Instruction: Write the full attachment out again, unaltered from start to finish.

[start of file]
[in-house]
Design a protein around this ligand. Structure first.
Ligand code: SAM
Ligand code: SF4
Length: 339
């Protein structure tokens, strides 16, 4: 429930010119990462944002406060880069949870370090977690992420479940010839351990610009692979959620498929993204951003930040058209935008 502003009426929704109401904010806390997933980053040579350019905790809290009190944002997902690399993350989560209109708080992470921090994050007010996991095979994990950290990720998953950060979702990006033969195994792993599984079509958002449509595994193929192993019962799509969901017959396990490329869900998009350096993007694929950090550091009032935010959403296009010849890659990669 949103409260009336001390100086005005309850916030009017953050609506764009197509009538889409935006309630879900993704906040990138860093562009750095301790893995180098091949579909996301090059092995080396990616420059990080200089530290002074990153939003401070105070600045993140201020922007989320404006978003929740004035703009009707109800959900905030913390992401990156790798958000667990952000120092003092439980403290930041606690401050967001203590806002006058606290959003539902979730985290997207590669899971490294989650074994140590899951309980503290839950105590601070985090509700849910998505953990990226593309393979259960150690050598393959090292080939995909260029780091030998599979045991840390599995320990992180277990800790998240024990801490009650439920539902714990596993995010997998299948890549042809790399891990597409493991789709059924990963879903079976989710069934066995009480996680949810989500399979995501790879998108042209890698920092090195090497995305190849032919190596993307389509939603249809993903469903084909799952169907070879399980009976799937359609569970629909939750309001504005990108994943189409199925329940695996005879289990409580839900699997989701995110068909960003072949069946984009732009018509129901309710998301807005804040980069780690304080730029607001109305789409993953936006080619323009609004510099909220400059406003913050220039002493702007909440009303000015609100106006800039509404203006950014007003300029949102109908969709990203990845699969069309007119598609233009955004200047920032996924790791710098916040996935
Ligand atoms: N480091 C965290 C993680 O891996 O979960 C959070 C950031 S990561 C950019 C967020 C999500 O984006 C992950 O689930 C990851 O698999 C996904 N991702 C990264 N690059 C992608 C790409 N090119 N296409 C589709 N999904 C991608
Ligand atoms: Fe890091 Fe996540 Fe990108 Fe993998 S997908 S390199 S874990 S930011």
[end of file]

[in-house]
Design a protein around this ligand. Structure first.
Ligand code: SAM
Ligand code: SF4
Length: 339
């Protein structure tokens, strides 16, 4: 429930010119990462944002406060880069949870370090977690992420479940010839351990610009692979959620498929993204951003930040058209935008 502003009426929704109401904010806390997933980053040579350019905790809290009190944002997902690399993350989560209109708080992470921090994050007010996991095979994990950290990720998953950060979702990006033969195994792993599984079509958002449509595994193929192993019962799509969901017959396990490329869900998009350096993007694929950090550091009032935010959403296009010849890659990669 949103409260009336001390100086005005309850916030009017953050609506764009197509009538889409935006309630879900993704906040990138860093562009750095301790893995180098091949579909996301090059092995080396990616420059990080200089530290002074990153939003401070105070600045993140201020922007989320404006978003929740004035703009009707109800959900905030913390992401990156790798958000667990952000120092003092439980403290930041606690401050967001203590806002006058606290959003539902979730985290997207590669899971490294989650074994140590899951309980503290839950105590601070985090509700849910998505953990990226593309393979259960150690050598393959090292080939995909260029780091030998599979045991840390599995320990992180277990800790998240024990801490009650439920539902714990596993995010997998299948890549042809790399891990597409493991789709059924990963879903079976989710069934066995009480996680949810989500399979995501790879998108042209890698920092090195090497995305190849032919190596993307389509939603249809993903469903084909799952169907070879399980009976799937359609569970629909939750309001504005990108994943189409199925329940695996005879289990409580839900699997989701995110068909960003072949069946984009732009018509129901309710998301807005804040980069780690304080730029607001109305789409993953936006080619323009609004510099909220400059406003913050220039002493702007909440009303000015609100106006800039509404203006950014007003300029949102109908969709990203990845699969069309007119598609233009955004200047920032996924790791710098916040996935
Ligand atoms: N480091 C965290 C993680 O891996 O979960 C959070 C950031 S990561 C950019 C967020 C999500 O984006 C992950 O689930 C990851 O698999 C996904 N991702 C990264 N690059 C992608 C790409 N090119 N296409 C589709 N999904 C991608
Ligand atoms: Fe890091 Fe996540 Fe990108 Fe993998 S997908 S390199 S874990 S930011």